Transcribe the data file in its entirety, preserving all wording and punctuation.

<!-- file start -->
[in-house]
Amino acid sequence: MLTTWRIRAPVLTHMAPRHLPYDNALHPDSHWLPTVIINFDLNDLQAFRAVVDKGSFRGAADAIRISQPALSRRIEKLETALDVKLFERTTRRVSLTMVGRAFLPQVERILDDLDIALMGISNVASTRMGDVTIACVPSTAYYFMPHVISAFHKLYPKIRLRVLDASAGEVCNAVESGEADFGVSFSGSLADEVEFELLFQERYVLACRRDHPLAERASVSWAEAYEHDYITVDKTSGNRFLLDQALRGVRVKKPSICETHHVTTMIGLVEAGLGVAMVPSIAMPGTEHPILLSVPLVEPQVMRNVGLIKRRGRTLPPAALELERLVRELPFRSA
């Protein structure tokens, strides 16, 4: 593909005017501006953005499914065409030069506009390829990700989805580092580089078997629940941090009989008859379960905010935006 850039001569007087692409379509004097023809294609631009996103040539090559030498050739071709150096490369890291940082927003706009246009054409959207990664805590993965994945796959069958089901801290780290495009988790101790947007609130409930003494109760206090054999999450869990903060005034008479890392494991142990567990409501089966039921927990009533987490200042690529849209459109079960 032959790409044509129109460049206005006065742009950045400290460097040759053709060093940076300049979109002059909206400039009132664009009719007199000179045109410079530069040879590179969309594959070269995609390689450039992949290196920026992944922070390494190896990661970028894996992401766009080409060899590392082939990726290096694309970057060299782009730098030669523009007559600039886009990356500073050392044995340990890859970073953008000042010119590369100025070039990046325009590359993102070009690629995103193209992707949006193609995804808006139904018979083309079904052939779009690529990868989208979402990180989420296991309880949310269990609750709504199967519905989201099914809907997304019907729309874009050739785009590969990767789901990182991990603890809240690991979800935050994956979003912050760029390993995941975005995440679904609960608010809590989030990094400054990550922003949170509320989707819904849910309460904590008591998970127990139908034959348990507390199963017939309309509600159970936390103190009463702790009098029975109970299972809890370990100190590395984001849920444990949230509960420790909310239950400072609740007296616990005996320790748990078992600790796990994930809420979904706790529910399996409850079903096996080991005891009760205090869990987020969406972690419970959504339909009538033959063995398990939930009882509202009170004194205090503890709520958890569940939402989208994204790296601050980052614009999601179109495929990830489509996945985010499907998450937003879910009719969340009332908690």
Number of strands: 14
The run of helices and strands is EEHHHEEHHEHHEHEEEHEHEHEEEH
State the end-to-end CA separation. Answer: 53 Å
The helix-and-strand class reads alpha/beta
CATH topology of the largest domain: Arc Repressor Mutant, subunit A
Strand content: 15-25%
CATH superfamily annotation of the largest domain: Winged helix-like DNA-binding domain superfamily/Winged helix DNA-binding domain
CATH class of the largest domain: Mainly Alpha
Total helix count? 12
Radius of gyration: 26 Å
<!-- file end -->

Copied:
[in-house]
Amino acid sequence: MLTTWRIRAPVLTHMAPRHLPYDNALHPDSHWLPTVIINFDLNDLQAFRAVVDKGSFRGAADAIRISQPALSRRIEKLETALDVKLFERTTRRVSLTMVGRAFLPQVERILDDLDIALMGISNVASTRMGDVTIACVPSTAYYFMPHVISAFHKLYPKIRLRVLDASAGEVCNAVESGEADFGVSFSGSLADEVEFELLFQERYVLACRRDHPLAERASVSWAEAYEHDYITVDKTSGNRFLLDQALRGVRVKKPSICETHHVTTMIGLVEAGLGVAMVPSIAMPGTEHPILLSVPLVEPQVMRNVGLIKRRGRTLPPAALELERLVRELPFRSA
């Protein structure tokens, strides 16, 4: 593909005017501006953005499914065409030069506009390829990700989805580092580089078997629940941090009989008859379960905010935006 850039001569007087692409379509004097023809294609631009996103040539090559030498050739071709150096490369890291940082927003706009246009054409959207990664805590993965994945796959069958089901801290780290495009988790101790947007609130409930003494109760206090054999999450869990903060005034008479890392494991142990567990409501089966039921927990009533987490200042690529849209459109079960 032959790409044509129109460049206005006065742009950045400290460097040759053709060093940076300049979109002059909206400039009132664009009719007199000179045109410079530069040879590179969309594959070269995609390689450039992949290196920026992944922070390494190896990661970028894996992401766009080409060899590392082939990726290096694309970057060299782009730098030669523009007559600039886009990356500073050392044995340990890859970073953008000042010119590369100025070039990046325009590359993102070009690629995103193209992707949006193609995804808006139904018979083309079904052939779009690529990868989208979402990180989420296991309880949310269990609750709504199967519905989201099914809907997304019907729309874009050739785009590969990767789901990182991990603890809240690991979800935050994956979003912050760029390993995941975005995440679904609960608010809590989030990094400054990550922003949170509320989707819904849910309460904590008591998970127990139908034959348990507390199963017939309309509600159970936390103190009463702790009098029975109970299972809890370990100190590395984001849920444990949230509960420790909310239950400072609740007296616990005996320790748990078992600790796990994930809420979904706790529910399996409850079903096996080991005891009760205090869990987020969406972690419970959504339909009538033959063995398990939930009882509202009170004194205090503890709520958890569940939402989208994204790296601050980052614009999601179109495929990830489509996945985010499907998450937003879910009719969340009332908690």
Number of strands: 14
The run of helices and strands is EEHHHEEHHEHHEHEEEHEHEHEEEH
State the end-to-end CA separation. Answer: 53 Å
The helix-and-strand class reads alpha/beta
CATH topology of the largest domain: Arc Repressor Mutant, subunit A
Strand content: 15-25%
CATH superfamily annotation of the largest domain: Winged helix-like DNA-binding domain superfamily/Winged helix DNA-binding domain
CATH class of the largest domain: Mainly Alpha
Total helix count? 12
Radius of gyration: 26 Å